"Q. Do you know what an architect does in preparing plans and constructing buildings? A. Yes. Q. Do you know what you do in your occupation as a designer? A. Yes. Q. Is there any difference between the two? A. Not a great deal. Q. What difference is there between the two?A. Well, there is no difference except that the architect can use that word because he is licensed. Q. And you cannot use that word because you are not licensed? A. That's right."

Simpson testified that when he and his nephew were measuring the building, he overheard his nephew tell Meyer that Simpson was not licensed and that Meyer said that that would make no difference. This was also testified to by the nephew. Meyer denied that such a conversation took place. Under cross-examination the nephew testified that he related this conversation to Simpson when the latter told him he was being sued by Meyer. He stated: "And I told him Mr. Meyer knew he wasn't licensed because I had told him." It would seem from the record that this was Simpson's first knowledge of such a conversation. However, in its memorandum decision, the trial court stated:

". . . The evidence convinces me that the Plaintiff Meyer was advised at the very outset that Defendant Simpson was not licensed as an architect. The defendant's own testimony, supplemented by that of his nephew, is convincing that the plaintiff knew, when measurements of the building were taken, that Rolland Simpson, while a graduate of the University of Washington, in the School of Architecture, had not received his license."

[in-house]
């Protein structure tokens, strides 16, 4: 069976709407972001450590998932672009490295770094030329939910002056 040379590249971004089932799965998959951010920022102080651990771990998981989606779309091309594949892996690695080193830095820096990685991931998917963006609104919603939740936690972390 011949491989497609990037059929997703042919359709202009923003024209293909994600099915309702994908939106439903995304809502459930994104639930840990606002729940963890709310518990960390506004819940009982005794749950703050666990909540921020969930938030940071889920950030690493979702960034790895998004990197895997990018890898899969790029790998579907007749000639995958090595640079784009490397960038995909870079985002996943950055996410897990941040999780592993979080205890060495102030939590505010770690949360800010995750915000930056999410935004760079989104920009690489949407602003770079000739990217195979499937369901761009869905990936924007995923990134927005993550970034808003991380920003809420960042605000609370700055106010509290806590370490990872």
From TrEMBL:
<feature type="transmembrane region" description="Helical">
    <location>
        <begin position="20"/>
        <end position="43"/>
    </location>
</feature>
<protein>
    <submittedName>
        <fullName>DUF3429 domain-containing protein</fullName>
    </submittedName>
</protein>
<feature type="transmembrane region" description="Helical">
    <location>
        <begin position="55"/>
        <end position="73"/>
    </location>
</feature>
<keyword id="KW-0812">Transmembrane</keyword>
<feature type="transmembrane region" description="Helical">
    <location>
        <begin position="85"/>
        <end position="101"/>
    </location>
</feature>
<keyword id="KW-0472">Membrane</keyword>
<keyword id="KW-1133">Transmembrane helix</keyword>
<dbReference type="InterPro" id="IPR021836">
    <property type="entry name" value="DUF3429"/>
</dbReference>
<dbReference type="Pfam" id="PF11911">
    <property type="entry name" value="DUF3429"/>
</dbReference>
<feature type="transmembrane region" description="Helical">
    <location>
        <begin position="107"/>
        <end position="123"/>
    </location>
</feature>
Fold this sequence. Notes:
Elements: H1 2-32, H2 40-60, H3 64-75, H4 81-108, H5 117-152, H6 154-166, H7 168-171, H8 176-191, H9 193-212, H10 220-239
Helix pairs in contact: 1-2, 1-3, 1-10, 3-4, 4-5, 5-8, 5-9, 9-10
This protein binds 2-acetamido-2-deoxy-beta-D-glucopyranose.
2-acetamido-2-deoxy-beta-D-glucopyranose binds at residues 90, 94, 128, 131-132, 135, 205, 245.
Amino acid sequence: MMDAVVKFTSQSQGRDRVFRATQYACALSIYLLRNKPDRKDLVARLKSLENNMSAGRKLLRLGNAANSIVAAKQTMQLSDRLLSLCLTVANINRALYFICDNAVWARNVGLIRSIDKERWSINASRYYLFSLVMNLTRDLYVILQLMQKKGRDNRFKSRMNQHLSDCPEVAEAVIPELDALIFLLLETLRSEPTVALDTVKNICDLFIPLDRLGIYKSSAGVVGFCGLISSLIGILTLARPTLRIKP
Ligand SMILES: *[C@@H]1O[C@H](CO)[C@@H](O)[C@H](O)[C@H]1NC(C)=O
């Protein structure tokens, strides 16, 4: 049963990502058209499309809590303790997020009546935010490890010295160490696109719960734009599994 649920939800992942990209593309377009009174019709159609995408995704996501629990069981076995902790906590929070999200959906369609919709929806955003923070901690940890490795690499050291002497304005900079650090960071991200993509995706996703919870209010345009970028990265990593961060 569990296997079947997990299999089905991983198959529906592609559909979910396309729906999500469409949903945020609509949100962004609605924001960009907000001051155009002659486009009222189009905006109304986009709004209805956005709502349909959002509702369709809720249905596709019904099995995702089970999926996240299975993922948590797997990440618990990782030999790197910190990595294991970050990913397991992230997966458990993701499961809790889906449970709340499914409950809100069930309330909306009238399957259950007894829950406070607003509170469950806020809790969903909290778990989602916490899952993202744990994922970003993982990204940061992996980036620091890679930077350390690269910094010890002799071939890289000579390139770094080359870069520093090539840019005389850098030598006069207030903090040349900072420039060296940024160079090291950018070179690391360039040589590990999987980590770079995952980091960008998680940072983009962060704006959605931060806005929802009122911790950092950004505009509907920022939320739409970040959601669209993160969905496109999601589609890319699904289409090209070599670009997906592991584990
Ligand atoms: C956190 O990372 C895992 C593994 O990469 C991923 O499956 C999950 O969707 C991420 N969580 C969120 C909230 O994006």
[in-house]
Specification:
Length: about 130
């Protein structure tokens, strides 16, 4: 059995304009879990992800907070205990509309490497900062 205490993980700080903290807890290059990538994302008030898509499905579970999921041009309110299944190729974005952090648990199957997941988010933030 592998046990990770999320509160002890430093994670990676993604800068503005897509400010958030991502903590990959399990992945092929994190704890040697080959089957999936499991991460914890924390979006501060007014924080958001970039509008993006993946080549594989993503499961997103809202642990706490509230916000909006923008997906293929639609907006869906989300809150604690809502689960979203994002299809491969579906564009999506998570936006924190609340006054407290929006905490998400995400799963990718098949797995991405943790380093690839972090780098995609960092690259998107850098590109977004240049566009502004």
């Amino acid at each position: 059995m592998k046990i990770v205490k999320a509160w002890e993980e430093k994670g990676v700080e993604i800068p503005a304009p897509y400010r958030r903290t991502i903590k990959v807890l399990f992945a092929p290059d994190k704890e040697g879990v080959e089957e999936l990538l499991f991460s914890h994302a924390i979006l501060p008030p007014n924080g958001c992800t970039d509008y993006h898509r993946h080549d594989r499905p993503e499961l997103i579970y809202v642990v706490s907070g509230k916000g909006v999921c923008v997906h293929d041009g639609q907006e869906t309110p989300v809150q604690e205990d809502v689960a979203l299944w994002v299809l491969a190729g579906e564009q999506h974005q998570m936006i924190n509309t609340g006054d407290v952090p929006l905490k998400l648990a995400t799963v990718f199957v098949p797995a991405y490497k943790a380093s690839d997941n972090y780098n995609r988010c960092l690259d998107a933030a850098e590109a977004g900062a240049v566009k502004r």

The testimony being in conflict on that point, we feel constrained to follow the finding of the trial court, not that

 490    MEYER v. SIMPSON.           [34 Wn. (2d)

Meyer was advised at the very outset, but that he was so advised at the time of the measurement of the building, which was subsequent to the entering into of the contract.

Rem. Rev. Stat., 8270 [P.P.C. 271-1], et seq., created a Board of Architectural Examiners, providing for an architectural examination, regulating the use of the title, "architect," designating an examination fee, providing for the issuance of certificates, making reciprocal arrangements between states and providing a penalty for violation thereof.

In Sherwood v. Wise, 132 Wash. 295, 232 Pac. 309, 42 A. L. R. 1219, Sherwood's assignor, Travis, entered into a contract of employment with Wise, by which he agreed, as an architect, to prepare plans and specifications for, and to superintend the construction of, a 61-room apartment house, for an agreed compensation of two thousand five hundred dollars. He represented himself to be an architect and capable of undertaking all such services. He not only so represented himself, before entering into the contract, but he signed the plans and specifications made by him for the construction of the building, as an architect. In holding that Sherwood could not recover on the contract, this court made an exhaustive study of the act, and said: